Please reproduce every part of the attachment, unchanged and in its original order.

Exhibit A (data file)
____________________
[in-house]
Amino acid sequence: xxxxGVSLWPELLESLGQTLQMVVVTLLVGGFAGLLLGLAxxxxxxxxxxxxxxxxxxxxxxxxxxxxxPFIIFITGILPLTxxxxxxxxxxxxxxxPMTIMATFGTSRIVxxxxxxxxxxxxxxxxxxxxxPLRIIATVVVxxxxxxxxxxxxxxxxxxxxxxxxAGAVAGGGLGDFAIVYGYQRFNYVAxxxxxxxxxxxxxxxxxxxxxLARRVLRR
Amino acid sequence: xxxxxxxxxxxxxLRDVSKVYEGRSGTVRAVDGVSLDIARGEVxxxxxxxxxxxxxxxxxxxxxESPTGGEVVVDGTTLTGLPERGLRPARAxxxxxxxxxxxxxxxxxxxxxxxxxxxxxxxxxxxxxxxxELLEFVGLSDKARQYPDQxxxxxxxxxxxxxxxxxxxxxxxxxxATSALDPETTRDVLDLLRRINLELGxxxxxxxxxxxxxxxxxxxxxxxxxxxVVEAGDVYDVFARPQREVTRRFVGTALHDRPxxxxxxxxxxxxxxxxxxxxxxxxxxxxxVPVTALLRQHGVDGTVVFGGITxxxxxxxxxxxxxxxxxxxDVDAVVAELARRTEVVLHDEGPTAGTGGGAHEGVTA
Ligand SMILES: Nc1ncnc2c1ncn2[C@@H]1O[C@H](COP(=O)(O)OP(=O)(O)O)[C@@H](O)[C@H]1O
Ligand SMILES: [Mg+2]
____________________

[in-house]
Amino acid sequence: xxxxGVSLWPELLESLGQTLQMVVVTLLVGGFAGLLLGLAxxxxxxxxxxxxxxxxxxxxxxxxxxxxxPFIIFITGILPLTxxxxxxxxxxxxxxxPMTIMATFGTSRIVxxxxxxxxxxxxxxxxxxxxxPLRIIATVVVxxxxxxxxxxxxxxxxxxxxxxxxAGAVAGGGLGDFAIVYGYQRFNYVAxxxxxxxxxxxxxxxxxxxxxLARRVLRR
Amino acid sequence: xxxxxxxxxxxxxLRDVSKVYEGRSGTVRAVDGVSLDIARGEVxxxxxxxxxxxxxxxxxxxxxESPTGGEVVVDGTTLTGLPERGLRPARAxxxxxxxxxxxxxxxxxxxxxxxxxxxxxxxxxxxxxxxxELLEFVGLSDKARQYPDQxxxxxxxxxxxxxxxxxxxxxxxxxxATSALDPETTRDVLDLLRRINLELGxxxxxxxxxxxxxxxxxxxxxxxxxxxVVEAGDVYDVFARPQREVTRRFVGTALHDRPxxxxxxxxxxxxxxxxxxxxxxxxxxxxxVPVTALLRQHGVDGTVVFGGITxxxxxxxxxxxxxxxxxxxDVDAVVAELARRTEVVLHDEGPTAGTGGGAHEGVTA
Ligand SMILES: Nc1ncnc2c1ncn2[C@@H]1O[C@H](COP(=O)(O)OP(=O)(O)O)[C@@H](O)[C@H]1O
Ligand SMILES: [Mg+2]